In addition, the Southern Cameroons civil service was very apolitical. Cabinet Secretaries were career politicians but the bureaucracy was run by Permanent Secretaries, who were not allowed to participate in politics. This tradition was maintained after unification as PJ Alpress, Permanent Secretary in the Ministry of Natural Resources was appointed Chief Electoral Officer for the first post-independence election under the federated state of West Cameroon in December 1961. The reverse was true in French Cameroon where at independence in I960, a civil servant, Ahmadou Ahidjo, was handpicked by the French to become head of state. The tribalism, impunity, nepotism, abusive patronage and notorious corruption that is the official currency of governance in Cameroon today had its roots deeply embedded in the political culture of French Cameroun, where political leaders drew their electoral strength from tribal associations like Ngondo (Soppo Priso); Kumze (Chief Djoumessi Mathias); Bassa Mpo’o (Mayi Matip); Efoula Meyong (Charles Assale) and Koupé (Ekwabi Ewane).

And unlike in East Cameroun where traditional rulers were appointed by the colonial government and forced to wear official uniforms with ranks on their epaulets, the West Cameroon House of Chiefs was an integral part of the governance architecture and served as a quasi-upper legislative chamber. It is trite to say that there can be no democracy without democrats. Southern Cameroons having entrenched the democratic culture and ethos, a man could leave office, but the institution stays. In circumstances such as this, there is usually a predilection to invoke primordial sentiments that are inimical to nation-building. To the ordinary Francophone, government is a profit-making business and political power is a selfish tribal equation, where holders of high public office have to cater to the tribe above all else. Southern Cameroonians see high public office as a call to service; whereas to Francophones, a cabinet appointment is an invitation to “come and chop.” It was normal for an incoming Minister in French Cameroun to replace all his top-ranking collaborators with his tribesmen because “it is their turn to chop.” In such situation, the stress to governance and efficient delivery of democracy dividends from sycophancy, indiscipline, corruption and mediocrity cannot be over-emphasized.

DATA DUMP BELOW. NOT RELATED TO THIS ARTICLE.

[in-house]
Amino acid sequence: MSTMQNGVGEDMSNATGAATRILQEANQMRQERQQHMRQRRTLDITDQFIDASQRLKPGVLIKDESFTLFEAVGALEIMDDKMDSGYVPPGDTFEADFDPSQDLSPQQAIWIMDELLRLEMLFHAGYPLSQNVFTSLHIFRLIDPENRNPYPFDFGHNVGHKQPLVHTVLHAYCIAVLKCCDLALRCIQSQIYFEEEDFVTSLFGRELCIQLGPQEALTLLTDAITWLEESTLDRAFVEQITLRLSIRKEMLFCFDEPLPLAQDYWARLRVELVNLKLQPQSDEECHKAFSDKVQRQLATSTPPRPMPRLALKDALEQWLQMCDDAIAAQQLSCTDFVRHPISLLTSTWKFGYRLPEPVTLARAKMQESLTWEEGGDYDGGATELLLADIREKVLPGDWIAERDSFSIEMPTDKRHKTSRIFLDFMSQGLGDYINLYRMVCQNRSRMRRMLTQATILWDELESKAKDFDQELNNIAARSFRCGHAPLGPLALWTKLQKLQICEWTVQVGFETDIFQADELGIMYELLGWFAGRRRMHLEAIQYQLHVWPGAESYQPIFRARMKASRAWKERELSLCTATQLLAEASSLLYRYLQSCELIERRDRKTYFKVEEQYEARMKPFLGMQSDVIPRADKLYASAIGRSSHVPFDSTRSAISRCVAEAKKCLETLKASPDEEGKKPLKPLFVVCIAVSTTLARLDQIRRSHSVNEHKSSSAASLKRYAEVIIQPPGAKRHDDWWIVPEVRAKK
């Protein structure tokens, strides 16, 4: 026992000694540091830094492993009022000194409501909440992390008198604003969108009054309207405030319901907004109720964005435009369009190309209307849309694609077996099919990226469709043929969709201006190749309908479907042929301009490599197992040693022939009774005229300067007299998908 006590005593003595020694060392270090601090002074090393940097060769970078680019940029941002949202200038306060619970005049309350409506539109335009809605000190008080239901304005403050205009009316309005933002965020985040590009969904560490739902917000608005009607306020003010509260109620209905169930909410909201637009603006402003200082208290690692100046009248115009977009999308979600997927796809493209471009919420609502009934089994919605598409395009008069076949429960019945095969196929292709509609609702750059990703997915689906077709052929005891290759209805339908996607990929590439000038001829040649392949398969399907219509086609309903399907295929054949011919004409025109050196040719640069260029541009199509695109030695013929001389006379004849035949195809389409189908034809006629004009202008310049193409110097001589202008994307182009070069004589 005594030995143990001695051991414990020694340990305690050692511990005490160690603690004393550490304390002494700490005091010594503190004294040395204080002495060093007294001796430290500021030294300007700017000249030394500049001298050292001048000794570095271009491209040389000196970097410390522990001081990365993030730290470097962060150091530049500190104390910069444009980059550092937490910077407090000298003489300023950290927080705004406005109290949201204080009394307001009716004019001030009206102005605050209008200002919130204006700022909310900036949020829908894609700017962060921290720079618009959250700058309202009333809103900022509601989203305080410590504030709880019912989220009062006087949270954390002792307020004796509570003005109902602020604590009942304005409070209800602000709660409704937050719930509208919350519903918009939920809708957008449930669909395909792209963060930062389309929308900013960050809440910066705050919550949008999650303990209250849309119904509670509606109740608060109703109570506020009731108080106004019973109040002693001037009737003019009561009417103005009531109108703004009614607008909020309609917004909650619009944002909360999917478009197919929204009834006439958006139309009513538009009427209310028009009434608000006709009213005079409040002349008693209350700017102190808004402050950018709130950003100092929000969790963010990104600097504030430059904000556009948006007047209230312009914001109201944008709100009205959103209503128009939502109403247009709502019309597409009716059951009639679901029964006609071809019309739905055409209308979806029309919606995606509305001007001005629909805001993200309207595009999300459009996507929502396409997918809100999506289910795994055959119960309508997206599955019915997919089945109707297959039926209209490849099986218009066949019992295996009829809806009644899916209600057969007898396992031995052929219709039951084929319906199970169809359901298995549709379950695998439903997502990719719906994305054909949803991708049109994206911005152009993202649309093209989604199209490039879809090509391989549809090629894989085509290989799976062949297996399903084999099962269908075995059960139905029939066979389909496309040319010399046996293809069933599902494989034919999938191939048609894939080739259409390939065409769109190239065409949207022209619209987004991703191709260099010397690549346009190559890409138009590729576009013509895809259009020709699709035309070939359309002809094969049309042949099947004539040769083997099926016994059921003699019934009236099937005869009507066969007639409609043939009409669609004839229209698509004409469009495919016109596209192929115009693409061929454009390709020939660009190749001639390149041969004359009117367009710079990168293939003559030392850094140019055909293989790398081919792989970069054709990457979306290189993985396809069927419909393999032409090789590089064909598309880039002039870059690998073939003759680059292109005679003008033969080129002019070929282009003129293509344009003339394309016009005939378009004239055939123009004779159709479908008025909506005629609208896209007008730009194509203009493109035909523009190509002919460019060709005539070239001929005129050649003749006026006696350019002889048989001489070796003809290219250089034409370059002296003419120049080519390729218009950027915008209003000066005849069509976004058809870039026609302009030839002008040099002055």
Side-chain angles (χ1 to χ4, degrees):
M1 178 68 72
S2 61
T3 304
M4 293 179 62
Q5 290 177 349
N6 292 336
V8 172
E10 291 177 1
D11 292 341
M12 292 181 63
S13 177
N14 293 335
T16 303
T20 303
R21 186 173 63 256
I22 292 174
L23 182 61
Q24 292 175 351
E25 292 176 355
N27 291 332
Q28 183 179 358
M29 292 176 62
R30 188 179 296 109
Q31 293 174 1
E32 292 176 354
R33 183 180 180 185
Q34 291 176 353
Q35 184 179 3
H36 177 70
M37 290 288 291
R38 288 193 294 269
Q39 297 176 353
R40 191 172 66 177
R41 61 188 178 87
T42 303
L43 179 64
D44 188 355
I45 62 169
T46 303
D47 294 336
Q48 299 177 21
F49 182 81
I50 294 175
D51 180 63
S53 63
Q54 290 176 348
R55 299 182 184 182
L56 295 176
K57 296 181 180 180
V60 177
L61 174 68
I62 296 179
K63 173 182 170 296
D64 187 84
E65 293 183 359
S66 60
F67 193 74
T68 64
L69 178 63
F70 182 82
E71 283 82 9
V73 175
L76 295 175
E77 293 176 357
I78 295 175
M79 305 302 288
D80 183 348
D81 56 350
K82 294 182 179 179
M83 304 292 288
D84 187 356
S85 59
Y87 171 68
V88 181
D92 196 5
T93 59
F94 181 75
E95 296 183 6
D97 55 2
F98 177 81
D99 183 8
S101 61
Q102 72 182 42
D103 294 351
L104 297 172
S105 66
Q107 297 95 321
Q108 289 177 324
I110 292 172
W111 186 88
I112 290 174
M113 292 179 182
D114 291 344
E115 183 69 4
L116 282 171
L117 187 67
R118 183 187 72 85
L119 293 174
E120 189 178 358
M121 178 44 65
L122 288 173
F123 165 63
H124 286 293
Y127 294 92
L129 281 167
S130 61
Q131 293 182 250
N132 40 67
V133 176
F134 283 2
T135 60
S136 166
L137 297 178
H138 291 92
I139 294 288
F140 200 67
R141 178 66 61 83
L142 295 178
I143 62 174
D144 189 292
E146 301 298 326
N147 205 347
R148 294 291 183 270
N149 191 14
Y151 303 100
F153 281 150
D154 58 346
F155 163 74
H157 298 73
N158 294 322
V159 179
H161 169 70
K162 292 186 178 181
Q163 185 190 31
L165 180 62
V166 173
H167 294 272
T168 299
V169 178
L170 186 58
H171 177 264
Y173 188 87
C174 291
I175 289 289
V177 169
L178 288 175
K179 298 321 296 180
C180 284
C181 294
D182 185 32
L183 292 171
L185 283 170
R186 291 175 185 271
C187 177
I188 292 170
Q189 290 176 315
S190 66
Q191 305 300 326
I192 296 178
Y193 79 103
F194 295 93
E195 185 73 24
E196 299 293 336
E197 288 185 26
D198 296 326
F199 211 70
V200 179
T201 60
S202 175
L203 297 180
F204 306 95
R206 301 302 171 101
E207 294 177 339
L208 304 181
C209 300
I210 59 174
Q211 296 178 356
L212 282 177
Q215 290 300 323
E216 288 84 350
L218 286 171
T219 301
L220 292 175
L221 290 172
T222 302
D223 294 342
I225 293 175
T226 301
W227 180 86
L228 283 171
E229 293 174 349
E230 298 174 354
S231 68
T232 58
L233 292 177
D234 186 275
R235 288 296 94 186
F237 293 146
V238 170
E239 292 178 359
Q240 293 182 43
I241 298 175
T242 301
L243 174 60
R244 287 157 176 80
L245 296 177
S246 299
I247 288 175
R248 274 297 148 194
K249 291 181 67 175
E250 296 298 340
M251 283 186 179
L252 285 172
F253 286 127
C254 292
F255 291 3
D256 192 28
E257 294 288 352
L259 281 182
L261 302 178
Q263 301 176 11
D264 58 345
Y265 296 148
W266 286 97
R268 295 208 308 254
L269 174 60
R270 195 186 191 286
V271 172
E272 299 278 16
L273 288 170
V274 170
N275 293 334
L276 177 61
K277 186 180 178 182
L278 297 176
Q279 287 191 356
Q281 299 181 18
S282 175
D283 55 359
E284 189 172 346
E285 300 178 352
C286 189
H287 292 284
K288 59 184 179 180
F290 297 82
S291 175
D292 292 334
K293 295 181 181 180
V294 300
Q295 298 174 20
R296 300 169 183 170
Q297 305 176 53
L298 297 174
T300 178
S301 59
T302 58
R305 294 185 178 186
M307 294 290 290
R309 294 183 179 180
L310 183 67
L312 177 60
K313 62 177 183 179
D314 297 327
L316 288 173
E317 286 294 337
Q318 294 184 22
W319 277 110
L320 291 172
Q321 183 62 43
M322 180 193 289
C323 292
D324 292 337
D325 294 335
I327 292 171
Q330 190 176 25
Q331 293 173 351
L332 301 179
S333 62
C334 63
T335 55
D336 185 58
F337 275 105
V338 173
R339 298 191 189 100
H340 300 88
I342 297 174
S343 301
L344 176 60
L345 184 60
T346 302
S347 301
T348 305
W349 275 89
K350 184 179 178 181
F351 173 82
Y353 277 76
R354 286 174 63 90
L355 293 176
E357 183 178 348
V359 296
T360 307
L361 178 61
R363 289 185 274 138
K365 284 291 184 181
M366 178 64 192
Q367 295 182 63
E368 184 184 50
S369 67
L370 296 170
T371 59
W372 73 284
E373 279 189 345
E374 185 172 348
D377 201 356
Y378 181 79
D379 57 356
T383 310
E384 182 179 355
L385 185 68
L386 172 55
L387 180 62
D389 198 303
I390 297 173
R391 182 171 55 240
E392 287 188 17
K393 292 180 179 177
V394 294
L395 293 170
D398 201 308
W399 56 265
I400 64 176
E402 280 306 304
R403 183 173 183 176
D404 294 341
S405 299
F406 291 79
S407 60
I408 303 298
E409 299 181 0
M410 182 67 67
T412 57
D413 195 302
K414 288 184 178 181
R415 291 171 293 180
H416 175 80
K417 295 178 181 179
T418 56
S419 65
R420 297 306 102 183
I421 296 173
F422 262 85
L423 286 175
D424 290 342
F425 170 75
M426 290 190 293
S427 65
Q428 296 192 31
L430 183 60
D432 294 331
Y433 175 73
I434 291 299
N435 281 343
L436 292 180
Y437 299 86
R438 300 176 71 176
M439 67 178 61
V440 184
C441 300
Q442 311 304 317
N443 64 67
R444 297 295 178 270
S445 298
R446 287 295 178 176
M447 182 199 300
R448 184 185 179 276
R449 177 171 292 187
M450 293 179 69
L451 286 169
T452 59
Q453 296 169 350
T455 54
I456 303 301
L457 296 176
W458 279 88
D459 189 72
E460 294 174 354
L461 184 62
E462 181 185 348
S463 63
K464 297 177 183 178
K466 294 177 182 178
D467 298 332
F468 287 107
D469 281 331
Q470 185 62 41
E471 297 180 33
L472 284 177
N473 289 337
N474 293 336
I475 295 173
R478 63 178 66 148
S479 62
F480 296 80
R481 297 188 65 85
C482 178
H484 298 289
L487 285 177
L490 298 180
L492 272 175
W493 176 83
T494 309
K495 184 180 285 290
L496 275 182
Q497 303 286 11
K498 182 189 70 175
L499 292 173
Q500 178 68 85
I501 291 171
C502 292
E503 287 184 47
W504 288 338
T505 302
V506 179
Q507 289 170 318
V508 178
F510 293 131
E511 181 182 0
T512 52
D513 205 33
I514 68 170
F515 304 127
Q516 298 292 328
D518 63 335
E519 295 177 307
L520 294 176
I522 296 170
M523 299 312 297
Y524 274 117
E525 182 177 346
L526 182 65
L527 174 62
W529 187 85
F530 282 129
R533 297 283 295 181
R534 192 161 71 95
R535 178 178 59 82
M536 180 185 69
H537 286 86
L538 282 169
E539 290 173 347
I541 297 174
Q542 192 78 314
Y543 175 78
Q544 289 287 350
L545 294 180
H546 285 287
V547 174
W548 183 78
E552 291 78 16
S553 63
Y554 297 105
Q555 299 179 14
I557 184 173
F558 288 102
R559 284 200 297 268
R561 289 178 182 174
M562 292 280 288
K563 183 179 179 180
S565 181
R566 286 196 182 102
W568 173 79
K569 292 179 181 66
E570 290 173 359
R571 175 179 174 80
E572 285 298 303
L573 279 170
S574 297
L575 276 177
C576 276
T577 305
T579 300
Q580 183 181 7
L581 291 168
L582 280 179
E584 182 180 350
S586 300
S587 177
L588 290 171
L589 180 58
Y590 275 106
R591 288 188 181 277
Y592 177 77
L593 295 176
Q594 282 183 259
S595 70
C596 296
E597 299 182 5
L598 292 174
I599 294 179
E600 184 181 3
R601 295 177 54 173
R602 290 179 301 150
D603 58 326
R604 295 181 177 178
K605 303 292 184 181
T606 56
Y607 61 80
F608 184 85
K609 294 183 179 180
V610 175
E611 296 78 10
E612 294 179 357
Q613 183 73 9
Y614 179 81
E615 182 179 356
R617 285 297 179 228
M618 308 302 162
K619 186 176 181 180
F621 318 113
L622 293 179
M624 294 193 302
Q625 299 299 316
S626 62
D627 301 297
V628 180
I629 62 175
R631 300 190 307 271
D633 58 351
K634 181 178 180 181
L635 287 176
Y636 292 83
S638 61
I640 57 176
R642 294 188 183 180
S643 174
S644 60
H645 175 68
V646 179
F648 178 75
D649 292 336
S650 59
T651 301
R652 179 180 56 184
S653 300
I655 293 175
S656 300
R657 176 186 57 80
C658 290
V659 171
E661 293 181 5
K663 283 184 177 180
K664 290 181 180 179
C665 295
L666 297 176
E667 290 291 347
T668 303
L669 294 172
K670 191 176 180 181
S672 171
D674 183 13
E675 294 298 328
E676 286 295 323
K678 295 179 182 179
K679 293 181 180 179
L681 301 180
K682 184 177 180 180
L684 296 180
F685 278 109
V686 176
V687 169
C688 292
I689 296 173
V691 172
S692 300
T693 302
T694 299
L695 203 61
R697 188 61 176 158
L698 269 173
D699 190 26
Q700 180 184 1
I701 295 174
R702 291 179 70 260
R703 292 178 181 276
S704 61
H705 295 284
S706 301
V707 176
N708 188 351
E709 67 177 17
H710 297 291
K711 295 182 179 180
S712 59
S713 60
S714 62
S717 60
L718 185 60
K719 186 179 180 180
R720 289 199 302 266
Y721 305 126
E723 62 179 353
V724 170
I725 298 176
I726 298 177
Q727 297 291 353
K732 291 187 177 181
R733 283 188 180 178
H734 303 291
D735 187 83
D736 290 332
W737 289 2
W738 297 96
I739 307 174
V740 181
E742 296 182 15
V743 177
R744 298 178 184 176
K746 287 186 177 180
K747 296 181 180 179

Despite the preachments of Francophone politicians about the imperative of a one, united and indivisible Cameroon, the ethnic reactionary politics of self-preservation still pervades their psyche. A very telling situation that was a national embarrassment was when President Biya publicly declared all-out war against Anglophone terrorists. That Biya would descend to such shameless demonization of Anglophones, especially amid the ongoing genocide when the nation is in mourning and sober soul-searching, is the height of insensitivity and sheer dishonor for the dead and brutalized. In the judgment of an average sense of decency, Biya’s action is a moral weakness of asinine proportion.

In conclusion, a nation can never outgrow the performance of its leader. Such is Cameroon’s tragedy at the moment. The failure of leadership by the President, who by authority is assumed to be the father of the nation, is highly disturbing. If the president views Anglophones with such hatred, does it therefore surprise anyone why some of the president’s henchmen have been beating the drums of war? Given his apathetic refusal to dialogue, Biya wittingly or unwittingly sent a message of disdain and unwelcome to all Anglophones, including those in his cabinet, that they are terrorists, instead of patriotic citizens with a different vision on how the nation should be governed. Biya’s depth of ill feeling towards Anglophones is unhealthy for a nation in distress. He must therefore be told in whatever language he understands that Southern Cameroons and French Cameroon are not one, united and indivisible; never were, and never will be one, united and indivisible!

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Cameroon: Nso: Titles in the Paramount Fondom of Nso (part 4) Yah

If you missed part one to three on Nso Titles, do not worry, you can still read part 1 here; part 2 here; and part 3 here;

II-3. YAH

There are many categories of Yahs, almost all of whom derived directly from the palace in earlier years. Of late, beginning with Ngah Bifon I (1910-1947) Yahships have been awarded to certain important lineages without regard to direct derivation from the royal lineage.

Yah Yefons

The highest-ranking Yah is Yah Yefon (Fengay or Queen Mother). She is the third ranking personality in the land (after Shufai Ndzendzev and Shufai Taankum) by status, administrative and religious function.